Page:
The Times West Virginian

Bob Herzel

April 4, 2013

HERTZEL COLUMN: Coach: WVU on par with rest of Big 12

MORGANTOWN — This is something of a difficult spring practice to grasp for West Virginia University football, in part because it so inexperienced with its players in key positions and because it has a newly formed coaching staff that is learning the system that is being used — which is somewhat different from a year ago — while learning each other and the personnel.

It is also an important spring, maybe the most in some time, for WVU is coming off a season that was far below expectations, a season where the defense was the worst in the school’s history, so much so that a record-shattering offensive season barely allowed it to stretch beyond .500

It was a learning season for everyone, a move from a Big East Conference that was not very good into a Big 12 Conference that offered all sorts of challenges that no one really expected, even some of the coaches like head coach Dana Holgorsen himself, who had spent a good part of his career as a Big 12 assistant.

“It is hard to play defense in the Big 12. It is hard to win. It is a good conference,” he admitted after Tuesday’s practice.

That was not to say they shouldn’t have won, at least more than they did, but they were facing some experienced, accomplished teams and just weren’t ready to face the challenge.

“I am not making excuses. There were a lot of games, two of them that we should have won; it is just hard to win. College football is competitive, and the Big 12 is competitive,” Holgorsen said.

You can’t win with just offense. WVU proved it last year. Baylor proved it last year. They scored 63 points in their first conference game … and lost … to West Virginia, which scored 70.

The Big 12 has schools like Oklahoma and Texas, traditional national powers, and rising powers like Oklahoma State and Kansas State, meaning that to be a winning team you must be a complete team, able to win games 7-6 as well as 70-63 and all areas in between.

“You must pay attention to details on all three sides of the ball,” Holgorsen said. “You must have a group of guys that are going to play and act disciplined. Not only on the football field, but in life in general because you are going up against a bunch of people that are good teams and well coached, good facilities and winning traditions.”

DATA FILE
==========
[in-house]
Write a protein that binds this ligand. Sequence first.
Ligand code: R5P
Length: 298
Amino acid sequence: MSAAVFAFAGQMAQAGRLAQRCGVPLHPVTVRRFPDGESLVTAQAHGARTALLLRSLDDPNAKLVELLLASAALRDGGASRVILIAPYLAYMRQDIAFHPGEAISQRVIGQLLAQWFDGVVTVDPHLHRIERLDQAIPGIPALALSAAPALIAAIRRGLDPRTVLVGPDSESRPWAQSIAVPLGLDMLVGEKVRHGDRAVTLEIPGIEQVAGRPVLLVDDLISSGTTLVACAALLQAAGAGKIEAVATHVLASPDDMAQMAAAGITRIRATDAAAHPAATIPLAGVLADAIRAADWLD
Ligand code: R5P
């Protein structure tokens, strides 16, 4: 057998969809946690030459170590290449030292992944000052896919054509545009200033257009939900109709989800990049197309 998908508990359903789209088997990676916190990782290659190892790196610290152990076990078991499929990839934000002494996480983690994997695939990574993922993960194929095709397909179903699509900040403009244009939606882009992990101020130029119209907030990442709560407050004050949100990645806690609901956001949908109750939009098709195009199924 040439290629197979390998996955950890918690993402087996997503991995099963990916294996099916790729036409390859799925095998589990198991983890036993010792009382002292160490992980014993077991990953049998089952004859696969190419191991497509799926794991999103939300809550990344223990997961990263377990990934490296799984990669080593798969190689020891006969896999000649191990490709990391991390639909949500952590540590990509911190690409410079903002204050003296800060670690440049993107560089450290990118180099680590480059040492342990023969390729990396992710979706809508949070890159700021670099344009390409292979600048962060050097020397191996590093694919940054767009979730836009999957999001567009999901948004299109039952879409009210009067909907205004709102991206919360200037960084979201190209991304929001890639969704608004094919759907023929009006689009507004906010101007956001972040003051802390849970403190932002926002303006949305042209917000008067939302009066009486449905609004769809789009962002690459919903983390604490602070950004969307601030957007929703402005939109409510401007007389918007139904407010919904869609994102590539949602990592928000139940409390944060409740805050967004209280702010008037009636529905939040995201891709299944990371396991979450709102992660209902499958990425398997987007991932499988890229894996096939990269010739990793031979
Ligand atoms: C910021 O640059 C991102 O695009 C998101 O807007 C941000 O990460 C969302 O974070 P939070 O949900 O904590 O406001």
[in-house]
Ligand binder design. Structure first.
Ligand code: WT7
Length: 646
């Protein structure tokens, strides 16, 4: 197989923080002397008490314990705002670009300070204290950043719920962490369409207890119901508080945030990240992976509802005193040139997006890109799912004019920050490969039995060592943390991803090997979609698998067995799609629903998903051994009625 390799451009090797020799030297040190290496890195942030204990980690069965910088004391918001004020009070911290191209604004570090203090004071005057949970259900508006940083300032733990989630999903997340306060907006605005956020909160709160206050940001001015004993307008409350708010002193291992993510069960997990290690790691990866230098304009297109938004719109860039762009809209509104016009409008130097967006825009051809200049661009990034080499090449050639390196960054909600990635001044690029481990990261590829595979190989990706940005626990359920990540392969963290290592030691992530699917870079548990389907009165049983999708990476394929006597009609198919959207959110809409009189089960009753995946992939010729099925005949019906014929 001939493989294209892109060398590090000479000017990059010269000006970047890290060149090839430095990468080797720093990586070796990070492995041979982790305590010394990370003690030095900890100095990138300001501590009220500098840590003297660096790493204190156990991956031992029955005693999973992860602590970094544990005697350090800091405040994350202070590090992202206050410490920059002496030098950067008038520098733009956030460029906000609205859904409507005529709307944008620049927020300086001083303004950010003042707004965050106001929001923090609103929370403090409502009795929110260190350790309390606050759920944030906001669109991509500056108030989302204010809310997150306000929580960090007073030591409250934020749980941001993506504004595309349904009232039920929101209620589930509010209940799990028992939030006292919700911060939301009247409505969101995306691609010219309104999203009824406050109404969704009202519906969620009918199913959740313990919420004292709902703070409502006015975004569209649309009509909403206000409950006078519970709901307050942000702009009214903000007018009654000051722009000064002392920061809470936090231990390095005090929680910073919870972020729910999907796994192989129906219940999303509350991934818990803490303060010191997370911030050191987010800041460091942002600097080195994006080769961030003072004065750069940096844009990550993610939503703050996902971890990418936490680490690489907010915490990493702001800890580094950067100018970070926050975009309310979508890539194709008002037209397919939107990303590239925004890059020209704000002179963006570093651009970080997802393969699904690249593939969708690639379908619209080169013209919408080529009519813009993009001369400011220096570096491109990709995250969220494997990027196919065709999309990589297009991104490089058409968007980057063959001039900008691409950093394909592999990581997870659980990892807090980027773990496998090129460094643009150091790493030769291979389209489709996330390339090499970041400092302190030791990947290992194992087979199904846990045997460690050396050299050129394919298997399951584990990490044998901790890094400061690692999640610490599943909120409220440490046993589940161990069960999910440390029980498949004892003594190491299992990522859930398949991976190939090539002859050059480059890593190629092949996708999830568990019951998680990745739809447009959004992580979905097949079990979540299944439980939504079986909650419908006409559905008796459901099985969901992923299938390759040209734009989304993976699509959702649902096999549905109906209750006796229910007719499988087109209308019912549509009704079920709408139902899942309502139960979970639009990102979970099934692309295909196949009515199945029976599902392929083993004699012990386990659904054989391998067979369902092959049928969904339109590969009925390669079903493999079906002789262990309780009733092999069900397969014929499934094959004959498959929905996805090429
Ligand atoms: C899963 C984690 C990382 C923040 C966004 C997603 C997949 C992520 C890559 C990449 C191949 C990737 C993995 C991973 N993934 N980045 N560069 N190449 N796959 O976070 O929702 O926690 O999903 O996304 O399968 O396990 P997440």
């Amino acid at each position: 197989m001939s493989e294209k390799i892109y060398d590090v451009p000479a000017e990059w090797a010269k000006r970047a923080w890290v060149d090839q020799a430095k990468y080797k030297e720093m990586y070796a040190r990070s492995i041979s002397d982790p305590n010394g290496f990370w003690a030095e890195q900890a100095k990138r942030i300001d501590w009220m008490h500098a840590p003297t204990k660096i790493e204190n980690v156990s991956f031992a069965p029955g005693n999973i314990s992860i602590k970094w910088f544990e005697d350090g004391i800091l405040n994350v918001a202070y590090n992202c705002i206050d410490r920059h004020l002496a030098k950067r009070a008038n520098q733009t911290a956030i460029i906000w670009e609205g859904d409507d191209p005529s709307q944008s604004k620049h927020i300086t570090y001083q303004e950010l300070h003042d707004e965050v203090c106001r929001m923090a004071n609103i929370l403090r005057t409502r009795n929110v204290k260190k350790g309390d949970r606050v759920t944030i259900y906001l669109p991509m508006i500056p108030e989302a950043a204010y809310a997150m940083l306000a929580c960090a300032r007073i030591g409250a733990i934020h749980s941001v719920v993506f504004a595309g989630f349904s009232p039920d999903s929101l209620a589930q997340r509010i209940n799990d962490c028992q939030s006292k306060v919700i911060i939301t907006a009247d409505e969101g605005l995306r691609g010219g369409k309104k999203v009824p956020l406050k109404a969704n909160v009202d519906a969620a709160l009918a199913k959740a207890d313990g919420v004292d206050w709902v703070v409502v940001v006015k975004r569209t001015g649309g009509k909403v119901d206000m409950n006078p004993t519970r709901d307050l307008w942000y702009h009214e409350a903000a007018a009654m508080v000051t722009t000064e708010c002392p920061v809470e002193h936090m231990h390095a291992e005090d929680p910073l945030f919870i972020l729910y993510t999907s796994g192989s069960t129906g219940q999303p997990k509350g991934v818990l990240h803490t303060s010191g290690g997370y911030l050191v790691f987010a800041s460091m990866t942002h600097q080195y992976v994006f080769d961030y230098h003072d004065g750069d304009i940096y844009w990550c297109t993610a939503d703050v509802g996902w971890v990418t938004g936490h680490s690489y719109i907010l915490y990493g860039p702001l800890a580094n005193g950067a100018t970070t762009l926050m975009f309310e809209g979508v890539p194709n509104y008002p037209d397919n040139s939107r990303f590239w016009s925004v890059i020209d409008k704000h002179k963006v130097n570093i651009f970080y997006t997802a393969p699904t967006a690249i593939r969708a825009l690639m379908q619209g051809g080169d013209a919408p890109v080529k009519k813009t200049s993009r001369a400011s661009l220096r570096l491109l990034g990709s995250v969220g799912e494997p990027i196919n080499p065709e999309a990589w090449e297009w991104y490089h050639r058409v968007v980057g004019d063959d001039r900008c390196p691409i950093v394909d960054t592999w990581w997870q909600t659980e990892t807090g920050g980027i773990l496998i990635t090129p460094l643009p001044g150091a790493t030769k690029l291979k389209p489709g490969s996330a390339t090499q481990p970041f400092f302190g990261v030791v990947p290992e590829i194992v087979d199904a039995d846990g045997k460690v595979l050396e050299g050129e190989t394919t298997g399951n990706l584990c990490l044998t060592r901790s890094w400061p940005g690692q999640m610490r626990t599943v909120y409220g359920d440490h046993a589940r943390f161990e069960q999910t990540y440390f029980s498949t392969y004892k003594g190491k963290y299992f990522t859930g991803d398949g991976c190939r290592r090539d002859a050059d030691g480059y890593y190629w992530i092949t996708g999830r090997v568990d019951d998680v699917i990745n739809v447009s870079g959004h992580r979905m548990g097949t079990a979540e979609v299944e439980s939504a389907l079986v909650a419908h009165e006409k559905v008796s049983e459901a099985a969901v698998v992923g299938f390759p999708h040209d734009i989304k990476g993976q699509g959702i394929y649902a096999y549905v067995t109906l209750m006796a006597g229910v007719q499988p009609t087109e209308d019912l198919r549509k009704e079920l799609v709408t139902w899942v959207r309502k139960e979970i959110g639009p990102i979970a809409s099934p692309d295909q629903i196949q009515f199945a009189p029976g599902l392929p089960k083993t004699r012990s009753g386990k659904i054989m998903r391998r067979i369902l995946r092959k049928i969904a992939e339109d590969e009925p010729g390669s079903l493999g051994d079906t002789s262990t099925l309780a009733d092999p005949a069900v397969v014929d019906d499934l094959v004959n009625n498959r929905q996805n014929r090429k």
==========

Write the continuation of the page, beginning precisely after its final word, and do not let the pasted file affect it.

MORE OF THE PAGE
And that is what he is now trying to establish here this spring and is doing it from the bottom up. There is no more Geno Smith, Tavon Austin or Stedman Bailey. Chris Neild and J.T. Thomas and Robert Sands are pages in history now.

Holgorsen says he understands what is necessary and maintains that WVU is on par with most of the conference, even coming off last season.

This was his answer when asked what he learned from last year’s ups and downs, records set and disappointments.

“That we are not a whole lot different than the rest of the people in the Big 12,” he said. “There were nine bowl teams in the Big 12, and seven of them were 7-5. The reality of the situation is we are in a conference that has a whole lot of parity.

“Everybody needs to understand that. What I mean by everybody is all the coaches, and going through it (in 2012), all our players are going to understand it a little bit more,” he continued. “We have to be incredibly comfortable with all three of our schemes, which we are, and we have to coach them at a high level, and we have to demand that our team buys into what we are saying.”

That they are selling some different things this year and that they are different salesmen selling it, especially defensively, makes it a challenge.

“We have a program full of guys that are ready to step up and play when they are ready to step up and play,” he said of the players.

As for the coaches?

“I like our staff right now. I like our staff cohesion, and I like what we are doing on all three sides. I like the fact that the players are buying in. It doesn’t mean that we are going to win any games; it means that everyone needs to understand what the challenges are and not take anything for granted.”

Email Bob Hertzel at bhertzel@hotmail.com or follow him on Twitter @bhertzel.

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